I digress, enough of the appeal to emotion. Abstract appeals to emotions are powerful, but the details that guide them must be disclosed to who ever reads these words. Everyone deserves the right to know what is going on in your body at a cellular level, particularly when the body’s internal security has been compromised. There are ways to prevent lung cancers of course, but more importantly there are ways to provoke lung cancers.

Lung cancers have the instinct to invade other cells around them if they are indeed malignant. Worse off, they have the ability to use the national highways of the body (the body vessels) to travel to far off regions of the body—creating cancers sporadically and reducing the chances of survival to nearly nothing. As we have established, cancer cells do not respond to PCD, in turn, the cell division of these cancer cells is uncontrollable, and these daughter cells do not respond to PCD either.

These carcinogens do not simply destroy the DNA in which they seek; they replace the DNA with their own, causing mutations. These mutations are what create the cancer for which it is, mutating the cell of the parent organism into a life form of an unknown invader. Does the body have a natural defense mechanism? No. Or at least not yet, perhaps in many (and I emphasize many) generations the body may, through evolution create a natural defense towards this extremely complicated invader from within. But Evolution will be saved for another time, while very relevant to this topic; the discussion of which bears little importance in this particular context.

Important Statistics

How many people die of lung cancers in the world every three hundred and sixty five days? Oh not many, around 1.3 million people according to the World Health Organization. As Joseph Stalin said “The death of a single man is a tragedy, the death of a million is a statistic.” A sad quote but a true one at that, we often become desensitized to large, intimidating numbers like the one mentioned casually above. This subject ranges into the topic of psychology, but nonetheless it is relevant to this topic.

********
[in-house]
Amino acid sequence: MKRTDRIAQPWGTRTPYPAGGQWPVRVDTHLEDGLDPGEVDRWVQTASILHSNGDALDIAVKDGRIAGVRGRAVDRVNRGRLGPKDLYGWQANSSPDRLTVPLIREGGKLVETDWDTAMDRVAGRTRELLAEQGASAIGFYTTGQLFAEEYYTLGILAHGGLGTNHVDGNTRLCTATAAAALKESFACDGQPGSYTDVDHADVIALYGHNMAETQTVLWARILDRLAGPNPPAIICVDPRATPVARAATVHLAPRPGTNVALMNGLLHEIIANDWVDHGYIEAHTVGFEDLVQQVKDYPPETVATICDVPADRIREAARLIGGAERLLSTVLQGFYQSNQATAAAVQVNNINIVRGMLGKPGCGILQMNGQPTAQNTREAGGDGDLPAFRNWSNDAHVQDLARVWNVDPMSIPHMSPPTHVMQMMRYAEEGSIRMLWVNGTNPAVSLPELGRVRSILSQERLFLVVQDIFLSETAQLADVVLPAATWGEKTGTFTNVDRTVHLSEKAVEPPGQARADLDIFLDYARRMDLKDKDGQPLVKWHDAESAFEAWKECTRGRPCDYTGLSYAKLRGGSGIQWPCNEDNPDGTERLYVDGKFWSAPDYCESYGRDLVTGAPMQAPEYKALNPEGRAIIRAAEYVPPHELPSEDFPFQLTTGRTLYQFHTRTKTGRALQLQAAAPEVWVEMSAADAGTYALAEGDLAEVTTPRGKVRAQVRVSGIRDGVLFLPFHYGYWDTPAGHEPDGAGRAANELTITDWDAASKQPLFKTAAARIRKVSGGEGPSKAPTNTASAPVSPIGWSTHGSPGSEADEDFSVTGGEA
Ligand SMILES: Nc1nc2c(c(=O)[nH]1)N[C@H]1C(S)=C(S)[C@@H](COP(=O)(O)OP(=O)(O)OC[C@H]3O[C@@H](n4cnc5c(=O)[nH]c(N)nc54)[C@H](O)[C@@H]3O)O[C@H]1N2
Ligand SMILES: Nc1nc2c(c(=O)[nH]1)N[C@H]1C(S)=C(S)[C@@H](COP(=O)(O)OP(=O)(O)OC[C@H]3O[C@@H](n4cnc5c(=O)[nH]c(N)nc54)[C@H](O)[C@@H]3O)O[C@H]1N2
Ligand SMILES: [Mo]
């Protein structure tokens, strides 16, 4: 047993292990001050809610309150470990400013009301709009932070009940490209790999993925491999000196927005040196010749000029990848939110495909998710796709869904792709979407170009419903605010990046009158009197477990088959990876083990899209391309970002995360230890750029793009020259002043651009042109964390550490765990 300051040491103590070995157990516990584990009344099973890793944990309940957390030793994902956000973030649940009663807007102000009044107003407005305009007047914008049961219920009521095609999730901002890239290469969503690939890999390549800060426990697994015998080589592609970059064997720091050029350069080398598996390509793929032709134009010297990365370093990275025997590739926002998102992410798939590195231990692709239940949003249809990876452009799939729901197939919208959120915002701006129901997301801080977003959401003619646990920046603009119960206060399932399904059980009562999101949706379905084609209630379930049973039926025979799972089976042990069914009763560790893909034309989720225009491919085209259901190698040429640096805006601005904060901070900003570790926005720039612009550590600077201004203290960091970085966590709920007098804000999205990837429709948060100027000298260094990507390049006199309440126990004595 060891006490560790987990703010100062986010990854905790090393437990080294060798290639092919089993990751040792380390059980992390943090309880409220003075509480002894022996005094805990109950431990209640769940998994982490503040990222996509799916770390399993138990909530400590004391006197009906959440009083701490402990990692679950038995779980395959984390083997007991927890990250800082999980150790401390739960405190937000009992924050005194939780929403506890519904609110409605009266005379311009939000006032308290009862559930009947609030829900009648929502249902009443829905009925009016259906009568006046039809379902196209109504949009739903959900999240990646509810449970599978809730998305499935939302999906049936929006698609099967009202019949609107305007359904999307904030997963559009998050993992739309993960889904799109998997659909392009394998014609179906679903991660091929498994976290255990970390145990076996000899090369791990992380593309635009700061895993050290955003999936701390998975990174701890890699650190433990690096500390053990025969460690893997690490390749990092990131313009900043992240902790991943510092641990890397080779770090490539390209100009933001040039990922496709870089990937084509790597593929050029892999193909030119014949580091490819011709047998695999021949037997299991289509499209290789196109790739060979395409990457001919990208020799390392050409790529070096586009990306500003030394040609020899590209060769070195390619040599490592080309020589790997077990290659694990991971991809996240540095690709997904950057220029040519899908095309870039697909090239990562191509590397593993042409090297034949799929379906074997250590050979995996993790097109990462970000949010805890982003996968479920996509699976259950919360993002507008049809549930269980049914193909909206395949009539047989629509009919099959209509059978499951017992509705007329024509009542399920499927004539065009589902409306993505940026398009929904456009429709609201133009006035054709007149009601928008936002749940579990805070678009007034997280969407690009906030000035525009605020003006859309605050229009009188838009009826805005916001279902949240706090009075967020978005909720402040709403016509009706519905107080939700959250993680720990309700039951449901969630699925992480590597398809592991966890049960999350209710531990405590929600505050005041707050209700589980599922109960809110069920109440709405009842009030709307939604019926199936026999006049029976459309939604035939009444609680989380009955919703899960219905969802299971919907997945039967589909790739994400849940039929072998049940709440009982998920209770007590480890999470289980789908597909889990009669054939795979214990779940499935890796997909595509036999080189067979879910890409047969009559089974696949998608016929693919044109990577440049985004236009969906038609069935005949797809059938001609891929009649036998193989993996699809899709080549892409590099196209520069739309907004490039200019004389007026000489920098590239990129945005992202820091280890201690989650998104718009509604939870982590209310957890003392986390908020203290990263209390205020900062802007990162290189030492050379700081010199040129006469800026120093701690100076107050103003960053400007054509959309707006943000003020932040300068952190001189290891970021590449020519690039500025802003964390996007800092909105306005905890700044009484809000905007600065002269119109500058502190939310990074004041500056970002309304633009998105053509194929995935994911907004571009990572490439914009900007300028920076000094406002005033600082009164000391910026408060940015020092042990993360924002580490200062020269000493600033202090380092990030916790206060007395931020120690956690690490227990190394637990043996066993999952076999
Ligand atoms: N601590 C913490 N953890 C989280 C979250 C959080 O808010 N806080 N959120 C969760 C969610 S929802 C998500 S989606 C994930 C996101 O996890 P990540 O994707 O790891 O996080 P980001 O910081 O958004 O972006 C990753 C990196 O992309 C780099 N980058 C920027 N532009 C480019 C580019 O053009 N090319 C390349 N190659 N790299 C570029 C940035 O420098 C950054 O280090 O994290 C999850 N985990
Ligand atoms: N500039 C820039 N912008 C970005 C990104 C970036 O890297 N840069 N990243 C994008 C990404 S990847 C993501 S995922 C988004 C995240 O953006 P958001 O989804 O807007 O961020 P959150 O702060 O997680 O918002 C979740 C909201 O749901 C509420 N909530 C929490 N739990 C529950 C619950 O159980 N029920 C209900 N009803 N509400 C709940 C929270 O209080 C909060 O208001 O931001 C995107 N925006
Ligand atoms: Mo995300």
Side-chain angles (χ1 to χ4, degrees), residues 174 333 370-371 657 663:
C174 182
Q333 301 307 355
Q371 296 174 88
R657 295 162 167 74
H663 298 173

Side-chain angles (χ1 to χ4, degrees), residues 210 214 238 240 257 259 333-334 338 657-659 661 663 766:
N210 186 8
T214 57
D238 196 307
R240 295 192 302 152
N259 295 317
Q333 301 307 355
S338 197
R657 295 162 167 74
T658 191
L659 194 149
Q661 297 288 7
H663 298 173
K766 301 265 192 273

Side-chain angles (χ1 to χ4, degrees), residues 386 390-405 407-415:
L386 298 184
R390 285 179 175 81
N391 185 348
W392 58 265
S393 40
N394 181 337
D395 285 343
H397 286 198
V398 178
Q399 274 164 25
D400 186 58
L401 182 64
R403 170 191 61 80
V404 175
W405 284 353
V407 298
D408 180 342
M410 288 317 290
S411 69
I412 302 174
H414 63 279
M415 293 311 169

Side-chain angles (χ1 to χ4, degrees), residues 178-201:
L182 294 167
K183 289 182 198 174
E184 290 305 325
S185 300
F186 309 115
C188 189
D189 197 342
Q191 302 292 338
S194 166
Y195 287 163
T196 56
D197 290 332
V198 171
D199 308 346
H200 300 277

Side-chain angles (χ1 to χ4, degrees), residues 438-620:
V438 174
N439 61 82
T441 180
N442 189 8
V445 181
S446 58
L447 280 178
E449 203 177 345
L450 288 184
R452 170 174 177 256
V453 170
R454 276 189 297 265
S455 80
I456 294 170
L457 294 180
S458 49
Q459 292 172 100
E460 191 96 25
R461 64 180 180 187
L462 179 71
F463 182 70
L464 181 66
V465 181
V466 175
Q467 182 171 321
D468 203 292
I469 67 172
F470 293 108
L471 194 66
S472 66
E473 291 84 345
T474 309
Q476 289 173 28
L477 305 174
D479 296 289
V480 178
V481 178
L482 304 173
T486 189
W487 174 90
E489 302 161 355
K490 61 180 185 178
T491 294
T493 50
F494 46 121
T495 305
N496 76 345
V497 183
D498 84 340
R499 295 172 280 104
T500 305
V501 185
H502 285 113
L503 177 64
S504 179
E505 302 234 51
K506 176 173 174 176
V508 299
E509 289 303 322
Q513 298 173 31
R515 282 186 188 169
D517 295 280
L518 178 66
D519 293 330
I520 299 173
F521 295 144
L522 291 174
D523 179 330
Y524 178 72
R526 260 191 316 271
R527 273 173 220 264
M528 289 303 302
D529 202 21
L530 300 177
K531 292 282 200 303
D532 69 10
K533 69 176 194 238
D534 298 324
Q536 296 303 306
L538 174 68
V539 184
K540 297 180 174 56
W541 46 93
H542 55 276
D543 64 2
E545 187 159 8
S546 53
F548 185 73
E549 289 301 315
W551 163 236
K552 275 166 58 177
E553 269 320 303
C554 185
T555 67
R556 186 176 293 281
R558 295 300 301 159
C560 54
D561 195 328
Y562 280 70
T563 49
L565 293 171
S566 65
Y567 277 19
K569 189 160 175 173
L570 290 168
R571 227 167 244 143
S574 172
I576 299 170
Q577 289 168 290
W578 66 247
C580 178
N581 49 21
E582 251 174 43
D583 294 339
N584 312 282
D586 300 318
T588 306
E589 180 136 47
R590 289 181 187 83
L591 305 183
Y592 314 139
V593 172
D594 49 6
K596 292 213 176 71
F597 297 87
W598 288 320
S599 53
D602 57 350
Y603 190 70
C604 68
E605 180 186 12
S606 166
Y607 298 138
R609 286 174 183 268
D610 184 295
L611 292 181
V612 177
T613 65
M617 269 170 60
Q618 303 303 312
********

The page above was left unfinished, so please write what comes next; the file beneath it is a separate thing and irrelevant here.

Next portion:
“Lung cancer is the leading cancer killer of women in the U.S… Lung cancer kills 30,000 more women than breast cancer annually in the U.S.,” says the National Lung Cancer Partnership, but what does this mean? At the chance of sounding embarrassingly obvious; this means that more women (and men of course) are lending themselves to the aid of carcinogens by volunteering as the host. This is not without its exceptions of course; some cases are merely the case of terrible luck—asbestos, second hand smoke, et cetera. Direct tobacco inhalation is by far the leading contributor to lung cancer cases. Approximately 87% of lung cancer deaths are a direct result of tobacco consumption. “…tobacco contains over 19 known cancer-causing chemicals (most are collectively known as "tar") and more than 4,000 other chemicals. These include acetone, ammonia, carbon monoxide, cyanide, methane, propane, and butane.” According to Dr. Koop of Dr.Koop dot com*, the argument is not whether tobacco inhalation causes cancer, it is whether or not tobacco consumption is influential enough, speaking in terms of cancer production & growth of course—clearly it does.

Conclusion & Review